About space and 'plek'
The distinction between "space" and "place" is commonly discussed in recent academic work in ubiquitous computing/HCI by researchers such as Paul Dourish. In a seminal paper form 1996, Harrison and Dourish express that "space is the opportunity; place is the understood reality." They raised the social construction of space by exploring how human actions are structured by the spatial organization of our environment. Unfortunately, as Dourish pointed out in his 2006 paper, this discussion lead to a misunderstanding: some people tended to exaggerate the distinction between spatial and social components. Interestingly enough, reading Assia Kraan's paper "To Act in Public through Geo-Annotation shared location", I ran across this interesting paragraph:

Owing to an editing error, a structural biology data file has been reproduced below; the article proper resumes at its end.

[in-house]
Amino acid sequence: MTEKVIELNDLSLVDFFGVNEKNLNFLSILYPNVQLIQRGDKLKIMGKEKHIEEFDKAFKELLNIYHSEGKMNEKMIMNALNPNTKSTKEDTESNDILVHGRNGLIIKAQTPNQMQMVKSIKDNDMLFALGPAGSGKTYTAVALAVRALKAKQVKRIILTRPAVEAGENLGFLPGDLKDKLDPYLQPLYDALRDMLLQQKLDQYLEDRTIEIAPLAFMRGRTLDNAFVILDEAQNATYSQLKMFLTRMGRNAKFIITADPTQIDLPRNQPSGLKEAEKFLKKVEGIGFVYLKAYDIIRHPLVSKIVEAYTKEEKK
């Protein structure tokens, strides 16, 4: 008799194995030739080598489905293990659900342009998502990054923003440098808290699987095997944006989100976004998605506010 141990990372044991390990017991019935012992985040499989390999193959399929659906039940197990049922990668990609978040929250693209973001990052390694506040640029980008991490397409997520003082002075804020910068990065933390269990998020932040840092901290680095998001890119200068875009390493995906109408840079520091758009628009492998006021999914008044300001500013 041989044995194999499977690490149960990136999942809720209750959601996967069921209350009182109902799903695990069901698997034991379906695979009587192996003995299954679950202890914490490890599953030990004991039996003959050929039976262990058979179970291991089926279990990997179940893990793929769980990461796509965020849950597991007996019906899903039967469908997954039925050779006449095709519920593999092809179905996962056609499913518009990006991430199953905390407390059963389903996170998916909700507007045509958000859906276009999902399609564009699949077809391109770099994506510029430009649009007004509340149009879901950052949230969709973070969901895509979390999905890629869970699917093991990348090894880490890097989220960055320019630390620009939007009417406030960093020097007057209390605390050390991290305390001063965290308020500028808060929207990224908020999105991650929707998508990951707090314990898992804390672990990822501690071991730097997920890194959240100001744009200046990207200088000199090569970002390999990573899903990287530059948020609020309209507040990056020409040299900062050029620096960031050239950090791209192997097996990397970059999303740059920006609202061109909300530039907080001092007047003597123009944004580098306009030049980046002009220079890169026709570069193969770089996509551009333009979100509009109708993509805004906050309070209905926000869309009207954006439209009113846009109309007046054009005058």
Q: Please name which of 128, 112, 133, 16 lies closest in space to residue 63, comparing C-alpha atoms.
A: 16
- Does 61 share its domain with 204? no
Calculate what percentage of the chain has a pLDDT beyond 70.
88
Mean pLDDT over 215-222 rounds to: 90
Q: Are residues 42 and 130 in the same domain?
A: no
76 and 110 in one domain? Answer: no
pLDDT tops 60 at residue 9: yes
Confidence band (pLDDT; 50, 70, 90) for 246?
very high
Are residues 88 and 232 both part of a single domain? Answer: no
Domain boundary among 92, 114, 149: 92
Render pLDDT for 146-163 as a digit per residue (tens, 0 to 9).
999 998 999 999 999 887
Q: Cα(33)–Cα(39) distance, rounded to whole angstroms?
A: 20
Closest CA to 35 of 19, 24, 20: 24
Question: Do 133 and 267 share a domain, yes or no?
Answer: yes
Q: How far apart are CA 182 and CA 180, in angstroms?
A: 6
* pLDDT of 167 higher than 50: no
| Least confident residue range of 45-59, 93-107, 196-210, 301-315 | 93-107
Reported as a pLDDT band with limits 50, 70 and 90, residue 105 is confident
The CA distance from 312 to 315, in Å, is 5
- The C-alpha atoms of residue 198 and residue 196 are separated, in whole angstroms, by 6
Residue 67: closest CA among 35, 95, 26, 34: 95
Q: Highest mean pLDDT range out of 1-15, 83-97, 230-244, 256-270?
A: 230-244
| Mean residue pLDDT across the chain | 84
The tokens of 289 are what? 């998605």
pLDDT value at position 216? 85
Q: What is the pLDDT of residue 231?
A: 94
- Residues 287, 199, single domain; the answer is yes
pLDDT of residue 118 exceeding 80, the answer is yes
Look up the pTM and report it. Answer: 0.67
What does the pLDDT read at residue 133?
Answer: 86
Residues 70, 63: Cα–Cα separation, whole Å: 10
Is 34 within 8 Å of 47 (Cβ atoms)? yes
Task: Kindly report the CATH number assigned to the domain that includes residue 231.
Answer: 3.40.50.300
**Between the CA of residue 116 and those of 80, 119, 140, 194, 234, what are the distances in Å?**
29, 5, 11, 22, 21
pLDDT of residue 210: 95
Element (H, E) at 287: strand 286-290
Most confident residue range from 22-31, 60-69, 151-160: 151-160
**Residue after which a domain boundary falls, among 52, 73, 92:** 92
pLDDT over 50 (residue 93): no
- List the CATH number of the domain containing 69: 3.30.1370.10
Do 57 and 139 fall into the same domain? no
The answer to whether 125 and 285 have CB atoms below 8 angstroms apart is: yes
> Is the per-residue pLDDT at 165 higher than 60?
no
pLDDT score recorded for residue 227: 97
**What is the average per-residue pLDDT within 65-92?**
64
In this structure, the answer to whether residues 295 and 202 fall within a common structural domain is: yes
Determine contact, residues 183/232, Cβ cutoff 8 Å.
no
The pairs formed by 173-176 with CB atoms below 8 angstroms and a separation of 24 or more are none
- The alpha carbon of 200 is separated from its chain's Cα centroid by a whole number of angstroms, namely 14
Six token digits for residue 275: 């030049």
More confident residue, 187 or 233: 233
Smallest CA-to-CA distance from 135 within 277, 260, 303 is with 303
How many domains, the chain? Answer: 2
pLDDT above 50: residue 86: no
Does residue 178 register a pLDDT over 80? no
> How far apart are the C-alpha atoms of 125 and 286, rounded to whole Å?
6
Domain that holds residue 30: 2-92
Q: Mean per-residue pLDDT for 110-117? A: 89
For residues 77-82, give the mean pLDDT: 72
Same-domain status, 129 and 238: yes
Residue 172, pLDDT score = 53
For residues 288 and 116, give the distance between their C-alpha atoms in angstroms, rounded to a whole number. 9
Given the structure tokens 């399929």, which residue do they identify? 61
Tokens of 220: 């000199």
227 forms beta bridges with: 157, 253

" It is important to make a distinction between space and plek. Anglo-Saxon theoreticians talk about space and place. The Dutch word plek (plural plekken) will be used here because the alternative ‘place’ does not express its meaning adequately. ‘Place’ is used, for instance, to refer to the physical space of a settlement, while plek refers to the meaning that a physical space has for somebody. A plek can be described as a complex ensemble of physical characteristics, cultural experiences, history and personal logic. Geographers target the navigational characteristics of plekken, but the computer scientists Paul Dourish and Steve Harrison emphasize an aesthetic quality. They recognize the function of plekken in a creative appropriation of the world and describe plekken as ‘developed sets of behaviour, rooted in our capacity to creatively appropriate aspects of the world, to organize them, and to use them for our own purposes’"
Why do I blog this? ruminating about different words and their cultural meaning is relevant here as it can express underlying dimensions.